This study explored the relationship between intellectual ability, socioeconomic status (SES), academic achievement and self-efficacy in a cross-cultural sample. Data from 90 students (63 students from Central America and 27 from the US) showed that regardless of culture or IQ, students from low SES families had significantly lower grade point averages than students from medium- or high-SES families. Unexpectedly, data showed that regardless of culture or IQ, students from high-SES families had the lowest self-efficacy, but the highest academic performance. Results suggest that self-efficacy is likely to be related to expectations and self-perception beyond IQ or culture.


Vargason J.M.,George Fox University | Burch C.J.,George Fox University | Wilson J.W.,George Fox University
Methods | Year: 2013

Suppression is a common mechanism employed by viruses to evade the antiviral effects of the host's RNA silencing pathway. The activity of suppression has commonly been localized to gene products in the virus, but the variety of mechanisms used in suppression by these viral proteins spans nearly the complete biochemical pathway of RNA silencing in the host. This review describes the agrofiltration assay and a slightly modified version of the agro-infiltration assay called co-infiltration, which are common methods used to observe RNA silencing and identify viral silencing suppressor proteins in plants, respectively. In addition, this review will provide an overview of two methods, electrophoretic mobility shift assay and fluorescence polarization, used to assess the binding of a suppressor protein to siRNA which has been shown to be a general mechanism to suppress RNA silencing by plant viruses. © 2013 Elsevier Inc.


Gray G.G.,George Fox University
International journal of adolescent medicine and health | Year: 2012

Western literature provides an array of information regarding resilience within at-risk youth. Resilience research within non-Western contexts, and more specifically with exploited youth, is more limited. Despite exploitation, some youth develop a hardy ability to overcome adversity, allowing them more mastery over their environments and even increased psychological steadfastness. This project involved exploring the protective factors of resilience and psychological functioning in Cambodian youth, specifically a group of 24 survivors of sexual trafficking and another group of 24 rural youth without reported exploitation. The ages of participants ranged from 13 to 22 years, with the average age being 15.62 years [standard deviation (SD=2.68)]. Results indicated resilience constructs (mastery and relatedness) correlated with psychological functioning (anxiety and depression), as expected. The sense of relatedness was moderately associated with age. Also, as predicted, the trafficked young women demonstrated more resilience and less pathology. Consistent with previous research, earlier trauma is believed to inoculate survivors of trauma against further stress, mobilize them to better confront adversity and reduce psychological disruptions. Understanding these issues can help in understanding the relationship between resilience factors and psychological functioning as well as the strengths of many trauma survivors. Their strengths are particularly useful for developing effective treatment protocols for traumatized youth from non-Western backgrounds.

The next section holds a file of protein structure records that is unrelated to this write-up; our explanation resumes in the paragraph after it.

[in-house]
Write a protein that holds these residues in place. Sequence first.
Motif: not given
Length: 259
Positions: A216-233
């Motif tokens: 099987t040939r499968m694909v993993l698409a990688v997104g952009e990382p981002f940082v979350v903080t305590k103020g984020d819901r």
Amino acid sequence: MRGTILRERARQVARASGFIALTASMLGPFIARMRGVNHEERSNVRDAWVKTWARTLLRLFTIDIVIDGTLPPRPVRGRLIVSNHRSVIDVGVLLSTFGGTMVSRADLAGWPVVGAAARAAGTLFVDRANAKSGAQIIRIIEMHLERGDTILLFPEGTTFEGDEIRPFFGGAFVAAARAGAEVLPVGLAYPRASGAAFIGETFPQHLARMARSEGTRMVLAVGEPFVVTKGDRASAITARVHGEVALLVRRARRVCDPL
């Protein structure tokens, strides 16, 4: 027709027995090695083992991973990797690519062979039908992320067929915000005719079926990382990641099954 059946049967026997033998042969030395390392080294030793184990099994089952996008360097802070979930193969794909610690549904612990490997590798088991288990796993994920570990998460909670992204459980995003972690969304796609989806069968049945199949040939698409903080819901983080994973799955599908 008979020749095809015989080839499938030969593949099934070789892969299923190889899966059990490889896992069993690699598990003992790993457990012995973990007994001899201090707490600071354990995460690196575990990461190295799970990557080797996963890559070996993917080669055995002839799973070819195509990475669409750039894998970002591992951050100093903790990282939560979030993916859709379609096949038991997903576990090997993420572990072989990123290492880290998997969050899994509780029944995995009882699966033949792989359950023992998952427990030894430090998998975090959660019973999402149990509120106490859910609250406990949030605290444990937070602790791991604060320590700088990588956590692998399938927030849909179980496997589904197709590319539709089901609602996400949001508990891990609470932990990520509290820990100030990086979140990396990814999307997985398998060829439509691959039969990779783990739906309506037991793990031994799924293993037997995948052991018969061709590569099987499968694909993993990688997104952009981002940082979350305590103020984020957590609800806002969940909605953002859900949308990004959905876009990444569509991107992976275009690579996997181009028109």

Duerr J.M.,George Fox University | Podrabsky J.E.,Portland State University
Journal of Comparative Physiology B: Biochemical, Systemic, and Environmental Physiology | Year: 2010

Diapausing embryos of the annual killifish Austrofundulus limnaeus have the highest reported anoxia tolerance of any vertebrate and previous studies indicate modified mitochondrial physiology likely supports anoxic metabolism. Functional mitochondria isolated from diapausing and developing embryos of the annual killifish exhibited VO2, respiratory control ratios (RCR), and P:O ratios consistent with those obtained from other ectothermic vertebrate species. Reduced oxygen consumption associated with dormancy in whole animal respiration rates are correlated with maximal respiration rates of mitochondria isolated from diapausing versus developing embryos. P:O ratios for developing embryos were similar to those obtained from adult liver, but were diminished in mitochondria from diapausing embryos suggesting decreased oxidative efficiency. Proton leak in adult liver corresponded with that of developing embryos but was elevated in mitochondria isolated from diapausing embryos. In metabolically suppressed diapause II embryos, over 95% of the mitochondrial oxygen consumption is accounted for by proton leak across the inner mitochondrial membrane. Decreased activity of mitochondrial respiratory chain complexes correlates with diminished oxidative capacity of isolated mitochondria, especially during diapause. Respiratory complexes exhibited suppressed activity in mitochondria with the ATP synthase exhibiting the greatest inhibition during diapause II. Mitochondria isolated from diapause II embryos are not poised to produce ATP, but rather to shuttle carbon and electrons through the Kreb's cycle while minimizing the generation of a proton motive force. This particular mitochondrial physiology is likely a mechanism to avoid production of reactive oxygen species during large-scale changes in flux through oxidative phosphorylation pathways associated with metabolic transitions into and out of dormancy and anoxia. © 2010 Springer-Verlag.